4.0 / 5

Elle Cahill


Wash Westmoreland


Keira Knightley, Dominic West, Denise Gough



Release Date

December 20 2018




Transmission Films

Keira Knightley delivers a stellar performance in a film that explores what it means to be a woman in the early 20th Century, embracing bisexuality before a term even existed for it.

Based on true events, Colette follows French novelist Sidonie-Gabrielle Colette (Keira Knightley), known publicly as Colette, who acts as a ghost-writer for her husband and Parisian socialite, Willy (Dominic West). After her novels become a hit and sequels are commissioned, Colette begins to fight for independence from Willy, determined to control her own life and let her brilliance shine.

Colette is as exquisite and daring as the story being told. Director Wash Westmoreland takes advantage of the gorgeous French countryside and the beautiful décor of the time period, filling every scene with beautiful things. With work like Still Alice under his belt, Westmoreland is able to confidently navigate the complexities that exist within personal relationships, especially when complications and betrayal arise. Westmoreland tackles a variety of timely subjects with a sensitive touch to deliver a story about a courageous young woman who was well ahead of her time.

Colette Keira Knightley Dominic West

Keira Knightley is at her best as the defiant Colette. Similar to her roles in other period pieces, such as Pride & PrejudiceAtonement and The Duchess, her tenacity and maturity mixed with her ageless appearance is enchanting and most importantly, likeable. There are many turns this film could have taken, but Knightley stays strong and self-righteous without being arrogant.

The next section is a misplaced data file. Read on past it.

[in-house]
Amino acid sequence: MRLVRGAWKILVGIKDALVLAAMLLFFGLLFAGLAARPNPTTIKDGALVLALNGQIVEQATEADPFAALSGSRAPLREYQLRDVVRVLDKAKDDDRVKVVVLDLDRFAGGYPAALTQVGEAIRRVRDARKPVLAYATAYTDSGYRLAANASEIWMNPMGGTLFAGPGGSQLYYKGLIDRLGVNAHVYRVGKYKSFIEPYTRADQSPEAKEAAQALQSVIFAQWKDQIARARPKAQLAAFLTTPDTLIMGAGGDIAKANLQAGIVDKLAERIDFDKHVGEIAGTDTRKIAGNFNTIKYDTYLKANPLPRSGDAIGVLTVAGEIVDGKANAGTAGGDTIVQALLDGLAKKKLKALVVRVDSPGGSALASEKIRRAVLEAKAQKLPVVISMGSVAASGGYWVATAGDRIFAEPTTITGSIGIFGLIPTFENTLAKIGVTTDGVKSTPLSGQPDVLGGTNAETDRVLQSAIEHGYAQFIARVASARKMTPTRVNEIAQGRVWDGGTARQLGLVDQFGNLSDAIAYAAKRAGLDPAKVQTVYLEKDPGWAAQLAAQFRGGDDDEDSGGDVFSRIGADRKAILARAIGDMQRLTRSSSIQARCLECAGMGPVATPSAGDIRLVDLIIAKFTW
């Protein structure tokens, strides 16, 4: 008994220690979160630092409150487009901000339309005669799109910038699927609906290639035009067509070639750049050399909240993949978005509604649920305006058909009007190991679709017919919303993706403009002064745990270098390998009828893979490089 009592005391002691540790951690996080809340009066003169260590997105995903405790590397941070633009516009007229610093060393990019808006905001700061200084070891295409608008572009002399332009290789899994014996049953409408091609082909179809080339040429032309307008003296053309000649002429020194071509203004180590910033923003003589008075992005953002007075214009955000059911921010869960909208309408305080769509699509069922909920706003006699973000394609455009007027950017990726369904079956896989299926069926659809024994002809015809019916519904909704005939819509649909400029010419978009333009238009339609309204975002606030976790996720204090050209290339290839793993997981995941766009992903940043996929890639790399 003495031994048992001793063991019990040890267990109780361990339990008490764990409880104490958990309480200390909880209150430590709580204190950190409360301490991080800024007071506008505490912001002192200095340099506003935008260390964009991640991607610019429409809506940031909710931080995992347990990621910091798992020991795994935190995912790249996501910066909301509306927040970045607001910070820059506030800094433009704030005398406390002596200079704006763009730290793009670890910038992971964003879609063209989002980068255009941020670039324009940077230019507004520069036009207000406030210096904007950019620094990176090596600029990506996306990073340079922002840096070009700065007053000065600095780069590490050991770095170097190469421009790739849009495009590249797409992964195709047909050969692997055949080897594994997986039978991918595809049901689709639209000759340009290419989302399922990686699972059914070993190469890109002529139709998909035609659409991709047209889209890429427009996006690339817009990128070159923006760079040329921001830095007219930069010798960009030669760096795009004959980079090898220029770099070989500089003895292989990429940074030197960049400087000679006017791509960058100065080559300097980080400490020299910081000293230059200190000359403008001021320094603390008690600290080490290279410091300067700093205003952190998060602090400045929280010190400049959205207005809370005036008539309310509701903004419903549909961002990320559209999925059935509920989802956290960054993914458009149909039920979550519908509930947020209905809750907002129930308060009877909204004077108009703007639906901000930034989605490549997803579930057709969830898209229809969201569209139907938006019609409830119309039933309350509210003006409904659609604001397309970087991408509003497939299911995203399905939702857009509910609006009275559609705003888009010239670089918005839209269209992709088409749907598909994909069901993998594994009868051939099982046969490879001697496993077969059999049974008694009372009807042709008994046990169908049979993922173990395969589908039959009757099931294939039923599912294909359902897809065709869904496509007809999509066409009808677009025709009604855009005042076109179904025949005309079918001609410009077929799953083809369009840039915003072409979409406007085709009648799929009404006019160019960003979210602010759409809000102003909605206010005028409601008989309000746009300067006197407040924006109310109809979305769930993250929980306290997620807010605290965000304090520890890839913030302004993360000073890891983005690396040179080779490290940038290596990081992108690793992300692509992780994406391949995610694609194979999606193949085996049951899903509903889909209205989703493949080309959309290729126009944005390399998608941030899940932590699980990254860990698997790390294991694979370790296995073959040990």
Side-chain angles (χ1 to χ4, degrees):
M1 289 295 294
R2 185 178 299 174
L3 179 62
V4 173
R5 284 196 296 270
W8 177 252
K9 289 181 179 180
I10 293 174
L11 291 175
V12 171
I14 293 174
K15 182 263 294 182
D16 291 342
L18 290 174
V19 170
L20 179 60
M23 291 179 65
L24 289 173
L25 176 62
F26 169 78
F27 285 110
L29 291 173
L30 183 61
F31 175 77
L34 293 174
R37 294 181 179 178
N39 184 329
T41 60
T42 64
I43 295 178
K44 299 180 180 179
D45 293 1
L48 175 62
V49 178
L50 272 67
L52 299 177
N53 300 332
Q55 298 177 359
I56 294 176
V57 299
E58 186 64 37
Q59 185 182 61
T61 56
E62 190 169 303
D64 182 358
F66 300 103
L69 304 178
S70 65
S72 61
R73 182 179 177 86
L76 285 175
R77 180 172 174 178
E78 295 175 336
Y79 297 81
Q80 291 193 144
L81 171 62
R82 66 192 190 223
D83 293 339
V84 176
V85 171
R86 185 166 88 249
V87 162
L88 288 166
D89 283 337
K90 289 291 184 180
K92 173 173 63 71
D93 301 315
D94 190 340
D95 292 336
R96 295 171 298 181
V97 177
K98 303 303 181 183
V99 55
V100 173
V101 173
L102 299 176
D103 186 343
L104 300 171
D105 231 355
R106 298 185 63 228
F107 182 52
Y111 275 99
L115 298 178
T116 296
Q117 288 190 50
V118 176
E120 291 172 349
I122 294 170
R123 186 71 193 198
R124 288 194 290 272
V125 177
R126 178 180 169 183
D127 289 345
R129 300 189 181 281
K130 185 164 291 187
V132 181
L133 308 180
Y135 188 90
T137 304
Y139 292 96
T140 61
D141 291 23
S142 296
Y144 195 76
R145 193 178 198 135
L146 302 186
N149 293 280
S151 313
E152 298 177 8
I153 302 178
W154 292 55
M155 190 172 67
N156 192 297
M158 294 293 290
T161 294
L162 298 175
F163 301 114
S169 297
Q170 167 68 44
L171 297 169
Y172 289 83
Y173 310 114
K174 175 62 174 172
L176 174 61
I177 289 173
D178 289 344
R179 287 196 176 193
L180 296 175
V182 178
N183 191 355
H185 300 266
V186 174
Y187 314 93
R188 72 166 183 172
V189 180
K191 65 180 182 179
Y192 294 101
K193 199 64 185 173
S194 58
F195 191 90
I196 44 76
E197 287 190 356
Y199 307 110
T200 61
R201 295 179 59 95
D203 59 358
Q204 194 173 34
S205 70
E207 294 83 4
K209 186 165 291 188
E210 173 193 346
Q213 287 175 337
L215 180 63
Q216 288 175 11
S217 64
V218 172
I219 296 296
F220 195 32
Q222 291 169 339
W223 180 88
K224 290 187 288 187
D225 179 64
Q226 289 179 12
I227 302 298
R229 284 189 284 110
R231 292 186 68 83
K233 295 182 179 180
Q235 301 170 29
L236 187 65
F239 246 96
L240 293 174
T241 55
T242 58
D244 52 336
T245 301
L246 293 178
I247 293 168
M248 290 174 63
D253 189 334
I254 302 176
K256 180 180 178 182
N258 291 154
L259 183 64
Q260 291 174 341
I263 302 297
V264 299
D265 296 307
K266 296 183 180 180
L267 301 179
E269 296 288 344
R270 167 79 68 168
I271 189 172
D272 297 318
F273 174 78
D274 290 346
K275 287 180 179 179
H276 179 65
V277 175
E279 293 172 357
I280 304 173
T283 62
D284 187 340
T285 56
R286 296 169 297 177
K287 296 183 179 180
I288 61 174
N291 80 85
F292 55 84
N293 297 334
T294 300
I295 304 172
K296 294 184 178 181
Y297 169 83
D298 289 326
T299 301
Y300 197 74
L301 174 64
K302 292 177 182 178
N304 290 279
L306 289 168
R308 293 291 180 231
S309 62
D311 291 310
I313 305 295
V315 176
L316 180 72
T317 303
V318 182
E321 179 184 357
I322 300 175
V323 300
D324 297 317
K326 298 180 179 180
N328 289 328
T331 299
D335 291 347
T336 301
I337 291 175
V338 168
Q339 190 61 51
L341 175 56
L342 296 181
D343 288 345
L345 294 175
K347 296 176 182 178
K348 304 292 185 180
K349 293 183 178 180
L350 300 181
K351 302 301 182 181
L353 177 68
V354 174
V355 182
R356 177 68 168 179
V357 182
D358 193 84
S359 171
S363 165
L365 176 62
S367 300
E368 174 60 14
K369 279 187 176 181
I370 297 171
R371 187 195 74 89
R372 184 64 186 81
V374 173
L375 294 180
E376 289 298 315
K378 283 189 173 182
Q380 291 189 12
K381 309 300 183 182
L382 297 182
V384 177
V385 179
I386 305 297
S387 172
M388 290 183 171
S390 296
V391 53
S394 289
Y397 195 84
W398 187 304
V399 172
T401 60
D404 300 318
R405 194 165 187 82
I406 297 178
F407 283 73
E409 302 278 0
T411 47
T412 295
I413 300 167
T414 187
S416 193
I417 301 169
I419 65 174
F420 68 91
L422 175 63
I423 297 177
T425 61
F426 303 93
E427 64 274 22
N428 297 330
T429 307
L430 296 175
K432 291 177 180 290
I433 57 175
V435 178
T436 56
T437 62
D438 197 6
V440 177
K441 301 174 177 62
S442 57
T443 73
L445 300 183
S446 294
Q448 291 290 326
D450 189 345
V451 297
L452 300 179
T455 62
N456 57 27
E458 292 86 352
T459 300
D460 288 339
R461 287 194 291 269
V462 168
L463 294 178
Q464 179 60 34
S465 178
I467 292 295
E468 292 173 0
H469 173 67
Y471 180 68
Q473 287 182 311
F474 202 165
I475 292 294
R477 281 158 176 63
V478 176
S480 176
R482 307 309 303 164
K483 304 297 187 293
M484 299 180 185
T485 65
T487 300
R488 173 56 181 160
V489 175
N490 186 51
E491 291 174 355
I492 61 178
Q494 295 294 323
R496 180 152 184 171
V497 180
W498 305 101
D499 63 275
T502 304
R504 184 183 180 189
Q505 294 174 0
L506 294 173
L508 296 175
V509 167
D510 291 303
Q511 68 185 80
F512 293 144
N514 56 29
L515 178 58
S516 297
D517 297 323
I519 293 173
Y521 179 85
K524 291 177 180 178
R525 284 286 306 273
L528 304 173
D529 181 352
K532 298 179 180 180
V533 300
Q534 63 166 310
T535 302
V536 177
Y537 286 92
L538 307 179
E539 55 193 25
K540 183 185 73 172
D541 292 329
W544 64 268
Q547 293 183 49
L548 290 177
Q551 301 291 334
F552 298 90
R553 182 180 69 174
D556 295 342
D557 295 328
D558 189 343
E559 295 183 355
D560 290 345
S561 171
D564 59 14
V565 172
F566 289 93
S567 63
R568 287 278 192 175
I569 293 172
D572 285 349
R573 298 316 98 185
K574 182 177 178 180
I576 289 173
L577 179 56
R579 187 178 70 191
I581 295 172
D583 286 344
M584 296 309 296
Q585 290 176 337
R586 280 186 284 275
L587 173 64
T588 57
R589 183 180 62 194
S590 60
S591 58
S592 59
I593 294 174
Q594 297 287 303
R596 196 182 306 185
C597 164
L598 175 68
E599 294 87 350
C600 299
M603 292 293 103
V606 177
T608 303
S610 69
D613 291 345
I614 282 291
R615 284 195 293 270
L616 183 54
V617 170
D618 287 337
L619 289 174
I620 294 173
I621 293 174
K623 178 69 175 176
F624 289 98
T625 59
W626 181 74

Knightley is supported by a cast that includes West and newcomer Denise Gough as the gender-bending Missy. West delivers as usual as Colette’s reckless and unfaithful husband, whose own insecurities prevent him from allowing his wife to receive the recognition she deserves. Missy, who dresses as a man and believes in defying stereotypes, is played by Gough with a quiet, haunting presence. She never pressures Colette to be different, but instead encourages her to share thoughts and feelings that she can’t air to the rest of society.

In this day and age, when we’re struggling to label these mixed feelings, Westmoreland delivers a new perspective that shows people have been struggling with their identity for a very long time. This coupled with Knightley’s unapologetic performance helps to cement Colette as a film that must be seen.

Image courtesy of Transmission Films